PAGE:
Nicole woodshedded for three months and then hit the clubs with her brothers in their new outfit, Trampled Under Foot. The trio played in and around Kansas City for the better part of six years before issuing their self-titled debut album in 2006. Over the next eight years, they released a steady string of records, culminating in 2013’s Badlands, which won Contemporary Blues Album of the Year at the 2014 Blues Music Awards. By this time, though, the group had begun to splinter: Kris was the first to go (he was replaced by drummer Jan Faircloth), and after a year Nicole decided that the time was right to go solo.
Her first solo recording, 2015’s Anders Osborne-produced Wolf Den, served as a dramatic intro for her new album, Cry No More. There’s no shortage of talent—blues producer Tony Braunagel does double duty on the skins, and hotshot guitarists Kenny Wayne Shepherd and Sonny Landreth contribute head-turning solos—but Nicole’s full-throttle bass playing and gutsy vocals dominate the 14-song set of roadhouse rockers, aching ballads, and soulful groovers. “Way back when, I might have felt intimidated to be surrounded by such amazing players,” she observes, “but I feel comfortable with my abilities now. I’ve put the time in, and I’m ready for anything.”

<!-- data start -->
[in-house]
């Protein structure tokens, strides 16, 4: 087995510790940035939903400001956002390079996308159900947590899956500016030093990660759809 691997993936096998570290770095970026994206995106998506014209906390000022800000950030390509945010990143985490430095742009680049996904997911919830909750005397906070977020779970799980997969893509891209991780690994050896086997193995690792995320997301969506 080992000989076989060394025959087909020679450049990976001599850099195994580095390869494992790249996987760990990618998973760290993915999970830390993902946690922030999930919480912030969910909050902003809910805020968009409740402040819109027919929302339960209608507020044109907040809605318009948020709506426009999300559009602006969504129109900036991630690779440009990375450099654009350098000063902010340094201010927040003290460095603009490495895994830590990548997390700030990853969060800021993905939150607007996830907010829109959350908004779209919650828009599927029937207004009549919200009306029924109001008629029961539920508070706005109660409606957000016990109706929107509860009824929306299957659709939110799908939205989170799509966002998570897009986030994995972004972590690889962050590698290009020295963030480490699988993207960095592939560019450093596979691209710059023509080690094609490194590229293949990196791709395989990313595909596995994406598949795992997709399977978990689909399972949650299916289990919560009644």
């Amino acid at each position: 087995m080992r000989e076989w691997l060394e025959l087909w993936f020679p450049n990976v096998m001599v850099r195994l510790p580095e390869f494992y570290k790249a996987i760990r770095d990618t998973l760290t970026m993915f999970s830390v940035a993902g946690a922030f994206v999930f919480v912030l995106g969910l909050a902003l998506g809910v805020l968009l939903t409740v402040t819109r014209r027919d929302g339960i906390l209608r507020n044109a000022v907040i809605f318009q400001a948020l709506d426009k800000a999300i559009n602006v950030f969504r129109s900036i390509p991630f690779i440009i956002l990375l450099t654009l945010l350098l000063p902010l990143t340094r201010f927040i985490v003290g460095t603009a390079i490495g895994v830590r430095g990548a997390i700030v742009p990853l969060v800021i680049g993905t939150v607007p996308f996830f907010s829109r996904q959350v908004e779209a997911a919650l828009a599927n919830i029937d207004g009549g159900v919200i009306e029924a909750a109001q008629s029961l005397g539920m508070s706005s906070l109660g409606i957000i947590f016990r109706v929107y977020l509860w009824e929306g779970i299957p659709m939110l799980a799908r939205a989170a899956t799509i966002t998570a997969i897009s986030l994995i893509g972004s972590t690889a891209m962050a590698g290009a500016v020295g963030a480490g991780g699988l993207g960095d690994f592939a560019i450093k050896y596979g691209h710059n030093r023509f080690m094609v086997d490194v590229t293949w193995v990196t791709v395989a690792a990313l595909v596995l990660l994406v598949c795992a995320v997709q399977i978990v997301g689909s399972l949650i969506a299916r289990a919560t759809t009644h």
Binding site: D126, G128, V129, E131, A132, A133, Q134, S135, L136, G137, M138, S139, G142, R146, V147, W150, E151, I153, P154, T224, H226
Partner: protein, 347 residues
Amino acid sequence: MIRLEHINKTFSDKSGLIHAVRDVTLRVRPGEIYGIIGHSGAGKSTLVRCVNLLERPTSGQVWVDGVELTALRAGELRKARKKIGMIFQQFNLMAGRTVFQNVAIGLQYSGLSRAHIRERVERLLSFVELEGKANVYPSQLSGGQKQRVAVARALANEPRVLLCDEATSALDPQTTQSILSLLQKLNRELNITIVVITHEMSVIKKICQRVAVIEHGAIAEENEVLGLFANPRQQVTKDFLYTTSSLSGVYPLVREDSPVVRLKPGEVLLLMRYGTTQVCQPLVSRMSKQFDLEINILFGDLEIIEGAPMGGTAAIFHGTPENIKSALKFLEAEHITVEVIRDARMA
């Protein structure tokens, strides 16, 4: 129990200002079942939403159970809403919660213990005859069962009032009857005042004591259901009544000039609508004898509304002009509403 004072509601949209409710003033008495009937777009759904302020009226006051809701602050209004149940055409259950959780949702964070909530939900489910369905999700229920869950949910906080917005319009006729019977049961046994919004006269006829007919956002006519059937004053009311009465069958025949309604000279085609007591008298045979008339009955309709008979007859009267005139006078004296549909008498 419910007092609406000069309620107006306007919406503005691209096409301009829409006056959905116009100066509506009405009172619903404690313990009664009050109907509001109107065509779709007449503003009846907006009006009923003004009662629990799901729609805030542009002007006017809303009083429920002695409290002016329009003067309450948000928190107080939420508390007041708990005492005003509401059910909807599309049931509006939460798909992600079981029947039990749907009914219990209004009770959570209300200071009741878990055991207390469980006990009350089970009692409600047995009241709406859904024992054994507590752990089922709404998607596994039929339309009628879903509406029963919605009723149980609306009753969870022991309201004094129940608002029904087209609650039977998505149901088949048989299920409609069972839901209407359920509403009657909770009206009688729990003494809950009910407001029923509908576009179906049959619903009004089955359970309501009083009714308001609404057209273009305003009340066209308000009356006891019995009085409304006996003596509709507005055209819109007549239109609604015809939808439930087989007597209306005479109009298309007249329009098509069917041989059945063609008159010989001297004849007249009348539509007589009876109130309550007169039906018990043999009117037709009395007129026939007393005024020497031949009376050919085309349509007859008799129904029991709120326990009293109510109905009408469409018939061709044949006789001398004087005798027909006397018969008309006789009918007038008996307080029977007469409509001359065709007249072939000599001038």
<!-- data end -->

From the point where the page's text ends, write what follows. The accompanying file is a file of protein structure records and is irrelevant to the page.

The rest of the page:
When you first started playing bass, how did you go from zero to 60 in only three months?
I basically taught myself, although I took lessons from the bass player in my band at the time. His name is Les Moore, as in “less is more,” and I took that to heart. He taught me some basics, and after that, I listened to a lot of Led Zeppelin. John Paul Jones is one of my favorites. And I went back to Willie Dixon and Muddy Waters for traditional blues. Willie Dixon’s bass lines were really easy for me to pick up—very melodic stuff over a blues scale.
You’re a lefty, but you play a lot of righty basses turned upside-down.